Chapters 8–10 constitute Part III, entitled “Angelic Sin,” which raises the issue of how rational agents can do evil under ideal psychological conditions. Chapter 8 is about intellectualist accounts of angelic sin. Since according to these accounts, the will acts as the intellect judges best, evil acts presuppose some cognitive deficiency: either an outright error, or some occurrent nonconsideration that keeps the intellect from making the correct judgment. Thus one difficulty faced by intellectualist thinkers is how the cognitive deficiency can come about – especially since most thinkers here discussed assume that angels are infallible prior to making an evil choice. Another difficulty concerns control of the act. It is assumed that while the angels’ good or evil choice was up to them, the content of their knowledge was not up to them. Aquinas’s solution is that knowledge does not predetermine the use of that knowledge, which is up to the will. By contrast, Godfrey of Fontaines argues that the choice of the angels is caused by the cognized object; he fails to explain, however, how his theory avoids cognitive determinism.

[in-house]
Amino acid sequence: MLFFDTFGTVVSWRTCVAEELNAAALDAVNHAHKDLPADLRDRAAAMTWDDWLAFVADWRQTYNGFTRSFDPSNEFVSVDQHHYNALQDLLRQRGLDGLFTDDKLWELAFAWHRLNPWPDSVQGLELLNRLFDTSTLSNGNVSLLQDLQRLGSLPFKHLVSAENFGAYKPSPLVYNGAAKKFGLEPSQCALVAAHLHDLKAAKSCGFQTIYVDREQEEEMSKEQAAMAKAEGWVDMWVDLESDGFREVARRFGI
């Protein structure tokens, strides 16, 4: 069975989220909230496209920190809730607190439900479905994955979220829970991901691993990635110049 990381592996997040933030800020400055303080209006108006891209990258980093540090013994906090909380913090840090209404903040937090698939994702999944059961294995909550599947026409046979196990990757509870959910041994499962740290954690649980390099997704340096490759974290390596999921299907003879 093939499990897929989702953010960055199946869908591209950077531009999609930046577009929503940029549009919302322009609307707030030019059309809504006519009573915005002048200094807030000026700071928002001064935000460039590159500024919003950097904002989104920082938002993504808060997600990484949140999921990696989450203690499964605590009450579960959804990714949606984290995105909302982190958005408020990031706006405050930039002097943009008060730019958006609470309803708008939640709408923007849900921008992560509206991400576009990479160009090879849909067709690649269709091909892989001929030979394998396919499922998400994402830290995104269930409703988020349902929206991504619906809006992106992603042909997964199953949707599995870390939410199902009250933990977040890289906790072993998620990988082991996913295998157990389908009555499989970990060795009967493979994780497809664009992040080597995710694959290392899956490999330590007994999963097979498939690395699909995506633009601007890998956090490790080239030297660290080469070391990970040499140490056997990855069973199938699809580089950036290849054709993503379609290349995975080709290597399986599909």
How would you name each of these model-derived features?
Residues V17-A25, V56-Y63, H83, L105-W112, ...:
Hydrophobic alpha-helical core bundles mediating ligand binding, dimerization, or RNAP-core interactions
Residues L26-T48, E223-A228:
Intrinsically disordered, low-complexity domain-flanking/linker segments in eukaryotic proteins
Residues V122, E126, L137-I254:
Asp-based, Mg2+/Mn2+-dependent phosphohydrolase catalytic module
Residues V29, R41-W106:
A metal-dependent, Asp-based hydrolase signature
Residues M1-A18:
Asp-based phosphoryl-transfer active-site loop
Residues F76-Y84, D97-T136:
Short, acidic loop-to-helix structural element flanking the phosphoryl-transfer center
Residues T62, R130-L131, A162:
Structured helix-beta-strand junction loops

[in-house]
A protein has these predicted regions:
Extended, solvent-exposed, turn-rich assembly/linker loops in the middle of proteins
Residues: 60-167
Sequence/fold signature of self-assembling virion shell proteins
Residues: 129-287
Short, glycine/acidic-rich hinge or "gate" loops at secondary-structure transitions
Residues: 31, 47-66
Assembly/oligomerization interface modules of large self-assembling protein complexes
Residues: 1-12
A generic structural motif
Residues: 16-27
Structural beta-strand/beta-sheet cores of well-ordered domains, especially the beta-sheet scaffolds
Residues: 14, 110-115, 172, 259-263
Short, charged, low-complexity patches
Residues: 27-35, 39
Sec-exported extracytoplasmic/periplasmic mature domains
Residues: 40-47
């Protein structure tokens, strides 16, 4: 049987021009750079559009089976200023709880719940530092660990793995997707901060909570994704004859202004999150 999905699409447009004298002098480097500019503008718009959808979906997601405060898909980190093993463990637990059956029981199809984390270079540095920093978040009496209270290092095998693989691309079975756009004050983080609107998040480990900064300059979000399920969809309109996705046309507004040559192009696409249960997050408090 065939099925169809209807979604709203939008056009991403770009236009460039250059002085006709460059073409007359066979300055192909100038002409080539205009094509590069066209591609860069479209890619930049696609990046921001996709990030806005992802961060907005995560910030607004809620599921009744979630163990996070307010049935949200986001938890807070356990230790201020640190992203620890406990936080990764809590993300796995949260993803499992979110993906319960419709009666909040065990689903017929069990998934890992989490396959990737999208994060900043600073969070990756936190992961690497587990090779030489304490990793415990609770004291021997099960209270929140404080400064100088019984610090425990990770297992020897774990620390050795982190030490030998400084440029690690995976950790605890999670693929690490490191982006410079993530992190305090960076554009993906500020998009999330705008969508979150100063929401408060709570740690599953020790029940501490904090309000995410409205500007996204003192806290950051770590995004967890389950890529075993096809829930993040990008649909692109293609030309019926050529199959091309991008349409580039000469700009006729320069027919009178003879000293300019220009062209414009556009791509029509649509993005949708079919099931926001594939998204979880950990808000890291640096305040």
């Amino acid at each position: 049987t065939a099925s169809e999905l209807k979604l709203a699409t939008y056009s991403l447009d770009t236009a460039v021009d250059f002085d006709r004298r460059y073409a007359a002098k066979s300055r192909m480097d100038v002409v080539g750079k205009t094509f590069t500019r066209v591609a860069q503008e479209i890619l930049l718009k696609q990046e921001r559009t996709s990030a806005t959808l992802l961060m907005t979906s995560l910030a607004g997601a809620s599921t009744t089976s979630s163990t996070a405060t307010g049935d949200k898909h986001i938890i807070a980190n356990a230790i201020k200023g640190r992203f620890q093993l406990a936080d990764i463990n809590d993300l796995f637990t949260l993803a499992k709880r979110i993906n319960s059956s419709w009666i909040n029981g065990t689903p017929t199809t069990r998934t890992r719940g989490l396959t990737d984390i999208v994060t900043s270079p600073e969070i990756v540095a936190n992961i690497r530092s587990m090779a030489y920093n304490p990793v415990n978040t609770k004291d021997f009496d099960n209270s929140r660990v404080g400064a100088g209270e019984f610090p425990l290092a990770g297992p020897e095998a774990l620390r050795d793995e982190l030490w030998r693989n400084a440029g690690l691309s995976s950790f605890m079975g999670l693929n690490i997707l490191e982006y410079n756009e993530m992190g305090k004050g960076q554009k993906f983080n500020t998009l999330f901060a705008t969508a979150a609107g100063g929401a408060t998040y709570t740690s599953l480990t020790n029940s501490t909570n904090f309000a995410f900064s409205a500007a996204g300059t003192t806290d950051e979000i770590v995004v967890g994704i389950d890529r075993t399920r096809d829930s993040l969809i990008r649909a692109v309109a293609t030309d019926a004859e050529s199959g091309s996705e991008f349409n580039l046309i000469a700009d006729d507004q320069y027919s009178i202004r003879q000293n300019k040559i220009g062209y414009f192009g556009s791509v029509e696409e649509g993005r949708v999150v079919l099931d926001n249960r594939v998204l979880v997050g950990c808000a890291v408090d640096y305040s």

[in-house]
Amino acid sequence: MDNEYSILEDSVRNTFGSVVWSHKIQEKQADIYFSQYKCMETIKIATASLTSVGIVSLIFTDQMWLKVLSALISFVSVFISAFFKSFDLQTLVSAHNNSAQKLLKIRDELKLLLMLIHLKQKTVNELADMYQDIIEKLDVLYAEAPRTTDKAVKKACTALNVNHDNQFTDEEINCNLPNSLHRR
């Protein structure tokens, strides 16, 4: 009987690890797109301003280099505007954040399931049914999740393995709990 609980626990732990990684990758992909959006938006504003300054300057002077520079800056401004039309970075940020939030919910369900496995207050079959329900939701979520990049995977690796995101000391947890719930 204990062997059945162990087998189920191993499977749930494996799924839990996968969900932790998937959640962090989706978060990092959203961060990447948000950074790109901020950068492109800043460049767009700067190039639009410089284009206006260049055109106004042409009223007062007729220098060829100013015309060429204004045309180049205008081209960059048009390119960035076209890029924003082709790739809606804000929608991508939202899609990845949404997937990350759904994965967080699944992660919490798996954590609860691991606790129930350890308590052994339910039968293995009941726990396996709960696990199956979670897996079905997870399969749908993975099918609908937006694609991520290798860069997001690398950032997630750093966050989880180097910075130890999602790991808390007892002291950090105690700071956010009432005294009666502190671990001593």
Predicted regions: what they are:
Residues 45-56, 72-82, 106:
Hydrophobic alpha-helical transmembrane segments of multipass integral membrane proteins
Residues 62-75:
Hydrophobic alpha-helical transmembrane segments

Chapter 5 concerns the free will debate in the early fourteenth century. It thoroughly discusses the Franciscans Duns Scotus and William of Ockham, who make a sharp distinction between will and nature, that is, between a free power or cause that controls its act and one whose act is determined by external circumstances. Scotus and Ockham make the will more independent from a cognized good than previous thinkers. Using unedited texts, the chapter also presents what may well be the strongest statement of intellectualism at the time, by John of Pouilly, who builds on Godfrey of Fontaines to explain why, although our choices are moved by the cognized object, we control our choices. More briefly, the Dominicans Hervaeus Natalis and Durand of St. Pourçain are considered, whose general approach resembles Pouilly’s. As a thinker developing an intermediary theory, the chapter studies Peter Auriol, according to whom the will controls directly which judgment considered during deliberation becomes the final judgment that causes one’s choice. The dividing issue among these thinkers is, at bottom, whether the will controls its acts directly or only by means of deliberation.